The FCC’s order opens the door for financial instability and corruption

So say the 11 states who filed a friend of the court brief on behalf of Tennessee and North Carolina in the 6th Circuit Court of Appeals.  This action by the states was highlighted in an article on posted yesterday and reinforced by a study conducted by Phoenix Center’s Chief Economist Dr. George S. Ford referenced Wednesday on regarding the same topic.  First from the article.

Officials from 11 states are siding with North Carolina and Tennessee in their battle with the Federal Communications Commission about limits on muni-broadband networks.

The states are asking the 6th Circuit Court of Appeals to vacate a recent FCC order that invalidated limits on muni-broadband in North Carolina and Tennessee….

“The FCC’s broad preemption of state municipal broadband regulation eliminates states’ control over their own subdivisions and frustrates state efforts to increase access to broadband,” the group of states argues in a friend-of-the-court brief filed recently with the 6th Circuit Court of Appeals.

The states contend that laws restricting muni-broadband offer “important checks on abuse and mismanagement.”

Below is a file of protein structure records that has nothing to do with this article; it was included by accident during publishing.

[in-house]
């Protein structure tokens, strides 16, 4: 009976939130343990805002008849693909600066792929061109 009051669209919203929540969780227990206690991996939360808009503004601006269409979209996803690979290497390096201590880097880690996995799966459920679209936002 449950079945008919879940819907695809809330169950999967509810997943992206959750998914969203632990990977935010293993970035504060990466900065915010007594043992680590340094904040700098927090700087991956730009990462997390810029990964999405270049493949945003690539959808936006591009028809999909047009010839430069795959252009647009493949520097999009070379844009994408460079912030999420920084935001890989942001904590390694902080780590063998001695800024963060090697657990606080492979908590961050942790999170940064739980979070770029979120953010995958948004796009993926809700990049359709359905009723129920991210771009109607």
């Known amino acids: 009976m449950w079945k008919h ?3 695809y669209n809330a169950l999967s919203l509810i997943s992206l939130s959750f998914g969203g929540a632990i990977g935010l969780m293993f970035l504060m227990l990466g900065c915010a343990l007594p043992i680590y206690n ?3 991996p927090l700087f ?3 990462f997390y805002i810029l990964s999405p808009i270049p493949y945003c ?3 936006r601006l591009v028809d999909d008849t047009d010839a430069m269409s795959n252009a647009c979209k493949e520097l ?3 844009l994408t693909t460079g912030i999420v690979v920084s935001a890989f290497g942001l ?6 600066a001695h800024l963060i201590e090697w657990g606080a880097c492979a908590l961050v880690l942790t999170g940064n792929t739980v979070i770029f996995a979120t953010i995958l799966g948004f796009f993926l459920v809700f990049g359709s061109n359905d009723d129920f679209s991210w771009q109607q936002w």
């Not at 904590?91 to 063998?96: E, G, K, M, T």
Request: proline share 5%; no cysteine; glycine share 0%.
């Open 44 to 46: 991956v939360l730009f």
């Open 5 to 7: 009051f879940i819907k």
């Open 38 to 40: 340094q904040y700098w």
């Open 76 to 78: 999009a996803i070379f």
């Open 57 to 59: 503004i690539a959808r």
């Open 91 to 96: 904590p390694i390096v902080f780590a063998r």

“The FCC’s order prevents states from governing their own instrumentalities, broadly usurps power without authority, and opens the door for financial instability and corruption,” they argue. The states signing the friend-of-the-court brief are Alabama, Arkansas, Arizona, Colorado, Florida, Idaho, Michigan, Ohio, South Carolina, Utah, and West Virginia.

See the full article here:

Secondly, the Forbes articles details a 2014 report that finds that Government Owned Networks (GONs) are not good for the consumer and in fact most of the time have higher initial costs as well as a longer term tax burden that everyone pays even if they use a private company for internet service.

The most oft-repeated myth about GONs is that they improve outcomes for consumers.

This myth persists despite the fact that studies show these systems don’t offer better prices. Indeed, in 2014 Phoenix Center Chief Economist Dr. George S. Ford examined whether municipal wireline broadband service providers offered better triple play prices (the combo package of broadband, video and phone) than privately-owned broadband service providers. Dr. Ford concluded, “The evidence suggests that the government’s provision of broadband services does not lead to lower prices. While municipal entry may serve valid purposes, lower prices do not appear to be one of them.”

While technology is changing so fast, government works at glacier speeds, and their operations are typically bureaucratic, inefficient and costly. That cost often translates into higher price and lower consumer demand for municipally-provided broadband services.  In fact, a quick review of dozens of municipal broadband ventures shows a very long list of bankruptcies and ventures that lead to higher consumer cost and taxpayer burden.  But, governments don’t go out of business, they simply push their losses to consumers and taxpayers.

Read more here: